Just before Jesus was arrested and crucified, He told His disciples that after He had been raised from the dead and ascended back to heaven, He would send them the Holy Spirit who would cause them to remember everything He had said and done. The purpose of this was so that these men could write their testimony about Jesus and send this written text to the whole world.
But the Helper, the Holy Spirit, whom the Father will send in My name, He will teach you all things, and bring to your remembrance all things that I said to you. ~John 14:26 (NKJV)
After Jesus had risen from the dead, He met two of the disciples on the road to Emmaus. These men were discouraged because they had thought that Jesus was the Messiah, but then He was crucified. They didn’t know that the prophets had predicted the Messiah would be crucified. Jesus took these two through the Old Testament books which described the Messiah as suffering for the sins of the world and dying on a cross to pay their debt:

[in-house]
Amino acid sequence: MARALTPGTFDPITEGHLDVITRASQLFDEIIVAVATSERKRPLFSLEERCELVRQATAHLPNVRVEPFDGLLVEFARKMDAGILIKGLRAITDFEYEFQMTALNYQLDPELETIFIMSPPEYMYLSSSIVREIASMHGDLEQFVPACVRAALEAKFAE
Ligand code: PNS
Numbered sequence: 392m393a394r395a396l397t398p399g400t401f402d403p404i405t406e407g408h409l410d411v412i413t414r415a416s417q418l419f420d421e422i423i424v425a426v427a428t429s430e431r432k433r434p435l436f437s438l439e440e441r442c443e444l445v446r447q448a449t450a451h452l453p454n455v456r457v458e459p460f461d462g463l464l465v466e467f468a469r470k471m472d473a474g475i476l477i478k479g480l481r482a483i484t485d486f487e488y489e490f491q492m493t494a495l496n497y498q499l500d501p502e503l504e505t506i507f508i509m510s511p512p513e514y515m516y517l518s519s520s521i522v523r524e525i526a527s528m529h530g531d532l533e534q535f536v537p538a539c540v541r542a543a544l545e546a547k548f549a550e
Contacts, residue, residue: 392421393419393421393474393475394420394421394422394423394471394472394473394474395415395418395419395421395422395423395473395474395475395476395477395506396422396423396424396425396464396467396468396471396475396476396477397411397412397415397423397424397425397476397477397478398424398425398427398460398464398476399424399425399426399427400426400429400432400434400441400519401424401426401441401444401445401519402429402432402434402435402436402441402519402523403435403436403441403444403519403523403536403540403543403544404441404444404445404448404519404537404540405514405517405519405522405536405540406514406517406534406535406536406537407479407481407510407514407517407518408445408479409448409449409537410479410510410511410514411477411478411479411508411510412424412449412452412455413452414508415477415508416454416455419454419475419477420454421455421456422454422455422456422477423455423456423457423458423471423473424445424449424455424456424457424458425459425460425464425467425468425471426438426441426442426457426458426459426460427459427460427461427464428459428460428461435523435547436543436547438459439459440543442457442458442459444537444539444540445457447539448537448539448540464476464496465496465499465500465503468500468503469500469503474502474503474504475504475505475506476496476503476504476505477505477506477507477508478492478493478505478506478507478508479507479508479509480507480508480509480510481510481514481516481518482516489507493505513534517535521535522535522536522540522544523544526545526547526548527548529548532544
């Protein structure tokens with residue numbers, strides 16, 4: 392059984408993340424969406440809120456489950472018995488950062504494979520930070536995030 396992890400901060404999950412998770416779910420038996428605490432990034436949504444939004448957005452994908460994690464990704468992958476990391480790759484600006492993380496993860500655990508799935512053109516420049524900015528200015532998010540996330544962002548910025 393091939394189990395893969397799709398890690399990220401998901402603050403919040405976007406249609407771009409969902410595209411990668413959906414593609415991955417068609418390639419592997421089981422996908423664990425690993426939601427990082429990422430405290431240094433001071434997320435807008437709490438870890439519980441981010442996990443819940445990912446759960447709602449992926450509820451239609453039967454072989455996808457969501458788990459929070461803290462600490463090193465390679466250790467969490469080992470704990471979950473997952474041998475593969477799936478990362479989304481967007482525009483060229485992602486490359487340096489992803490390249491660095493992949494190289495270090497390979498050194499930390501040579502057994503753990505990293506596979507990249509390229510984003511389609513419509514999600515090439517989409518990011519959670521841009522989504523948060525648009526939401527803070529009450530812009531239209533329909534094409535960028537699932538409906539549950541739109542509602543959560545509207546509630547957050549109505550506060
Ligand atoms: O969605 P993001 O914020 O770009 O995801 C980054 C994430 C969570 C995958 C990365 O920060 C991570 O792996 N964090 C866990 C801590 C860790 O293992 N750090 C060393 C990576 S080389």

Then Jesus said to them, “O foolish ones, and slow of heart to believe in all that the prophets have spoken! Ought not the Christ to have suffered these things and to enter into His glory?” And beginning at Moses and all the Prophets, He expounded to them in all the Scriptures the things concerning Himself. ~Luke 24:25-27 (NKJV)
Then Jesus met with all of the disciples at once and took these men through the Prophecies of the Messiah so they could understand that He came for the express purpose of fulfilling every word written for the Messiah: